LGBTQ rights have been a flashpoint in US society for decades, including here in Montana. As the country looks at the legacy of the Stonewall Riots, we wanted to look at what rights LGBTQ people have in Montana. A recent report by the UCLA School of Law said that approximately 22,300 LGBTQ people n Montana are vulnerable to discrimination based on their sexual orientation or gender identity. What does this study mean?

What protections are there for LGBTQ people in this state?

In 2000, Gov. Marc Racicot issued an executive order prohibiting discrimination and harassment based on a person’s sexual orientation, but this order only applied to employment in state government. Subsequent governors have added to these protections. In January 2016, Gov. Bullock expended the protections to cover gender identity and included state contractors and subcontractors.

That is as far as it goes concerning LGBTQ protections in Montana. You will notice that nothing in state law prohibits private employers from discriminating against a person because they are a member of the LGBTQ community.

The only protections in Montana for those outside of state government are for people based on their:

  • Age
  • Marital status
  • Physical or mental disability
  • Race or national origin
  • Color
  • Religion or creed
  • Sex
  • Pregnancy status

It is important to note that Montana’s hate crime statute does not cover citizens based on their sexual orientation or gender identity.

This is an ongoing and emotional debate

Earlier this year, a bill that calls for legally protecting gender identity and sexual orientation under the Montana human rights act brought out many people in favor of and against the idea. House Bill 465 is sponsored by Rep. Kim Abbot, D-Helena and would add both gender identity and expression as well as sexual orientation to the protected classes in state law. A measure to make this change failed in the 2017 legislative session.

Ken Fitchtler, the governor’s economic development director, says that Montana’s policies have hampered business for the state. He says that some businesses have chosen not to come to Montana due to the state’s poor showing on equality indexes.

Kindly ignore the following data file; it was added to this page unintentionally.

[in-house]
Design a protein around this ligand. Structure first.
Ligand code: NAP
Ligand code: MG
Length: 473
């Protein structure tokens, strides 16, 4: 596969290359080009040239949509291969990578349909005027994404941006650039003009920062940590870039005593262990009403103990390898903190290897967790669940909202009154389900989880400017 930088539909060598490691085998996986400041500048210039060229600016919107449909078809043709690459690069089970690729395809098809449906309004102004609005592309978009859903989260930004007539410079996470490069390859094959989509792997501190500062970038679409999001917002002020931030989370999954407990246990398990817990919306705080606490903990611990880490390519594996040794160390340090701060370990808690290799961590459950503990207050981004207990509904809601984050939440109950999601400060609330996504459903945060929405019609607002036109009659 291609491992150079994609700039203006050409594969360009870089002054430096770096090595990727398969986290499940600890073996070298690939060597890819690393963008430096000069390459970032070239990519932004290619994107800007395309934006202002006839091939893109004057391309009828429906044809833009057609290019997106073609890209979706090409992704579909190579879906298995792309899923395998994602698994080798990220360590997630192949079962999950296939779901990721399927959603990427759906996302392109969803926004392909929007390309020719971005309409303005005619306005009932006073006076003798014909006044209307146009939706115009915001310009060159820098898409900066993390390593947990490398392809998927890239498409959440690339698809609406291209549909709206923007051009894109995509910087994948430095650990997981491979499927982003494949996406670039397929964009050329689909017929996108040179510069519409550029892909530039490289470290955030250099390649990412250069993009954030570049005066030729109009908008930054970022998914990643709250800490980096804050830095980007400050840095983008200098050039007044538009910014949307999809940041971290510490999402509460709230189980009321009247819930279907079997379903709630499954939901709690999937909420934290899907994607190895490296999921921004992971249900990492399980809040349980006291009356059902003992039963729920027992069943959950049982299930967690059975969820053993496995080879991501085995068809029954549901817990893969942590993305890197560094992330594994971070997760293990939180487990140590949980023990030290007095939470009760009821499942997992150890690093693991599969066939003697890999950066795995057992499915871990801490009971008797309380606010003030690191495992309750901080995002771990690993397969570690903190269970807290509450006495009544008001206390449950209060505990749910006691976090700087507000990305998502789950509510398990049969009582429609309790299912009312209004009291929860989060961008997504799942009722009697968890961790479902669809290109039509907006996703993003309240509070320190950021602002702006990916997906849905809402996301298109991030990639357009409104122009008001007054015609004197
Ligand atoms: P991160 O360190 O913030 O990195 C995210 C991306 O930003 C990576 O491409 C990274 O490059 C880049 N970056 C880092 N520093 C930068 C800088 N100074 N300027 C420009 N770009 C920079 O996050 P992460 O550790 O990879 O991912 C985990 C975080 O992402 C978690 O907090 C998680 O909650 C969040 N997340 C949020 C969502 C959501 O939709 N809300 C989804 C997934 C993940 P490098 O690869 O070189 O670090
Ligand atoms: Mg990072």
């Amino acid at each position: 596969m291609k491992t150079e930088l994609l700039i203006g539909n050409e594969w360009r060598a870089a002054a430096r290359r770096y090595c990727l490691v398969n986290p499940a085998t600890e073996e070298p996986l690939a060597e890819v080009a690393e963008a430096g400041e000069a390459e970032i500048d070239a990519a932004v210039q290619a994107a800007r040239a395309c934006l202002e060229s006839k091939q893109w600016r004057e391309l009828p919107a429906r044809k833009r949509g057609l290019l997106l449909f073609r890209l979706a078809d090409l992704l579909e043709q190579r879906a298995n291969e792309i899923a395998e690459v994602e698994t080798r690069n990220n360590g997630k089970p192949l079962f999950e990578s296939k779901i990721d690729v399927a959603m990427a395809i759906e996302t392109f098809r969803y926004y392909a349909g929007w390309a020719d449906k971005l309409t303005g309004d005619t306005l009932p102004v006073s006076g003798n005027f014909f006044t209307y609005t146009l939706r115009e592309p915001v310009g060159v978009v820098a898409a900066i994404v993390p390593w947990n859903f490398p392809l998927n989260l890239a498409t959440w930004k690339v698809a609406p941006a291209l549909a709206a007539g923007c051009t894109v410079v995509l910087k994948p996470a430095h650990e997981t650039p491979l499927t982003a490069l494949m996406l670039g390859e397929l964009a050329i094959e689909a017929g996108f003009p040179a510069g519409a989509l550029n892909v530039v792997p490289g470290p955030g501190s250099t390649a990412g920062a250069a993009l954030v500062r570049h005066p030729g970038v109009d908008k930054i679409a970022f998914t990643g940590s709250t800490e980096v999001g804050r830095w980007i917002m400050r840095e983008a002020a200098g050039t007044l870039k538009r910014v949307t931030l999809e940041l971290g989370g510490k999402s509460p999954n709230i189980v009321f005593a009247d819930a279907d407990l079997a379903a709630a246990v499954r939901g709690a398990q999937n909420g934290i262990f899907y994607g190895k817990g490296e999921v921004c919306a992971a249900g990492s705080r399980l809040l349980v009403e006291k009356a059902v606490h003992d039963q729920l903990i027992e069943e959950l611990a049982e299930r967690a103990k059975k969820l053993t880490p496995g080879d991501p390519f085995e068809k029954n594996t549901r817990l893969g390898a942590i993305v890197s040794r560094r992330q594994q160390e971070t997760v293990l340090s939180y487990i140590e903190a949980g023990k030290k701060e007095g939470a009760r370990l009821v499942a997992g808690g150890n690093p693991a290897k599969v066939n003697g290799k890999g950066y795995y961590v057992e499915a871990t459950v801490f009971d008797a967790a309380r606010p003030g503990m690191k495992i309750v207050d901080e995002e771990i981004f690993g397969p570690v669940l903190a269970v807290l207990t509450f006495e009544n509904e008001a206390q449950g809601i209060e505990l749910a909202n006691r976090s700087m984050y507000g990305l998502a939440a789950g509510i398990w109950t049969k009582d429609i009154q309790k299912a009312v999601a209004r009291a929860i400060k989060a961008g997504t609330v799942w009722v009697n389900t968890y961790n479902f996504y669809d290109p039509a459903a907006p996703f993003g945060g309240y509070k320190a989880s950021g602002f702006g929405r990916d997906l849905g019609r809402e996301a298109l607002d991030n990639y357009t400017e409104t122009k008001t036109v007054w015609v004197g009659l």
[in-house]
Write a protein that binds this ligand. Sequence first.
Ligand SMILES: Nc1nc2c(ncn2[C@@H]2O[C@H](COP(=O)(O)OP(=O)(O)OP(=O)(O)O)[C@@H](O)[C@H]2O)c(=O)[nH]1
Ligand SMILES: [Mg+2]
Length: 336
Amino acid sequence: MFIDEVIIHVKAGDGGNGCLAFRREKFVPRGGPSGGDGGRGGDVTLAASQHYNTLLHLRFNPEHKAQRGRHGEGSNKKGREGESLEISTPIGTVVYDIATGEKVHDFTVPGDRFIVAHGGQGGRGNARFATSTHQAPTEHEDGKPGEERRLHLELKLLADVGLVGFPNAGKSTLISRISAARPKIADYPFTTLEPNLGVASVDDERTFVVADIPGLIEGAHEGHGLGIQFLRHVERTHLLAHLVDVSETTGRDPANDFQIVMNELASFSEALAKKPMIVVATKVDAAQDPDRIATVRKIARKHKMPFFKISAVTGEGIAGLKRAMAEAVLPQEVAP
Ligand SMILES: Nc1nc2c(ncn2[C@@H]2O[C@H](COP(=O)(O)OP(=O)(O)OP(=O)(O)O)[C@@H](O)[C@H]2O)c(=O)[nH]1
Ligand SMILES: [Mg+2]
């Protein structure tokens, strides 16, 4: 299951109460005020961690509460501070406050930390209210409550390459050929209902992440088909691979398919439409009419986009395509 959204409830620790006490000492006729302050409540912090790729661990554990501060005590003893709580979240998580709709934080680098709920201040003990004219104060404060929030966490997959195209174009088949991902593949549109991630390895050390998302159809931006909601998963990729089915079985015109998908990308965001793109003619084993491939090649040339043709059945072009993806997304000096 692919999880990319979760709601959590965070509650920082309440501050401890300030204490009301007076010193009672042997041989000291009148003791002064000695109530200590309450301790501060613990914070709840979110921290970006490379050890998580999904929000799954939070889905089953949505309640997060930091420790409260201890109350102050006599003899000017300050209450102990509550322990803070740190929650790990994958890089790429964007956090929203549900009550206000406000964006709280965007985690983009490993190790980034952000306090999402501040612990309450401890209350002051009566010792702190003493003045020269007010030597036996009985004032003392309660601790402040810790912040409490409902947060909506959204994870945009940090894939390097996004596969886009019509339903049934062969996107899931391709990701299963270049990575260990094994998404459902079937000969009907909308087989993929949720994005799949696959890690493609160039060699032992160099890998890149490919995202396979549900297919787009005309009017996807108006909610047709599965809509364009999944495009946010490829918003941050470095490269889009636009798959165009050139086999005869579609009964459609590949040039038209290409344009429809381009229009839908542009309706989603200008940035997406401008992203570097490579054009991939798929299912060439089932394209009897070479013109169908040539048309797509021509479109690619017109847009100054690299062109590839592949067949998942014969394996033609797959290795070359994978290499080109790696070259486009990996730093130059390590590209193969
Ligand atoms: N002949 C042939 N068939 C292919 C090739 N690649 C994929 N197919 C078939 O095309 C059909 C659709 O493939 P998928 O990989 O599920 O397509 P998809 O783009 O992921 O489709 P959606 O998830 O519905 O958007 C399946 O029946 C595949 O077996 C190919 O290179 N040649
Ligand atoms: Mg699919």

“When it comes to social issues, we are not even in this century,” said Fitchtler. “We should be welcoming everyone, period.”

One opponent of the bill, Anita Milanovich, represents the Montana Family Foundation and said that the bill would “Shit down freedom of speech by shutting down political opinion and discourse and would turn law-abiding citizens into ‘lawbreakers.’”

And there is the answer to our question:

Can you sue for an organization refusing service?

Right now, the only way an LGBTQ person can file a lawsuit for being discriminated against if the discrimination happens while they are working for state government or state government contractors. Any other business is free to discriminate against a person because of their sexual orientation or sexual identity. While this may not be in their best business interests, they have the right to do so without threat of criminal or civil legal repercussions.

Some localities in Montana do offer more extensive protections

LGBTQ people on Montana do have broader protections in some places around the state. The following municipalities have ordinances barring discrimination based on both sexual orientation or gender identity: Bozeman, Butte, Helena, Missoula, and Whitefish. Missoula County prohibits discrimination against county employees only.